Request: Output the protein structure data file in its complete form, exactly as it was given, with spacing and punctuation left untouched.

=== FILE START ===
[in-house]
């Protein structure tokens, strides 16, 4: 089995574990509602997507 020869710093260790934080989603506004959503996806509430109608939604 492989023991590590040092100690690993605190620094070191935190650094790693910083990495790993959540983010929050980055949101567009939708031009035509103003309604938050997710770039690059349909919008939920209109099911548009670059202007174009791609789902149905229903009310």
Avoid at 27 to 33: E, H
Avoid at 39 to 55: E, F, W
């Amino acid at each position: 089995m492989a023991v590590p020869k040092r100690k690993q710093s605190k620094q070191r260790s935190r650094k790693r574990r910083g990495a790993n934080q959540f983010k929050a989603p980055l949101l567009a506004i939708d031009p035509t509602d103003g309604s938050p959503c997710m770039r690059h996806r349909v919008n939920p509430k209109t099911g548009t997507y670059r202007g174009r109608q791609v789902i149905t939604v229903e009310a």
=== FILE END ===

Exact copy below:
[in-house]
């Protein structure tokens, strides 16, 4: 089995574990509602997507 020869710093260790934080989603506004959503996806509430109608939604 492989023991590590040092100690690993605190620094070191935190650094790693910083990495790993959540983010929050980055949101567009939708031009035509103003309604938050997710770039690059349909919008939920209109099911548009670059202007174009791609789902149905229903009310």
Avoid at 27 to 33: E, H
Avoid at 39 to 55: E, F, W
């Amino acid at each position: 089995m492989a023991v590590p020869k040092r100690k690993q710093s605190k620094q070191r260790s935190r650094k790693r574990r910083g990495a790993n934080q959540f983010k929050a989603p980055l949101l567009a506004i939708d031009p035509t509602d103003g309604s938050p959503c997710m770039r690059h996806r349909v919008n939920p509430k209109t099911g548009t997507y670059r202007g174009r109608q791609v789902i149905t939604v229903e009310a």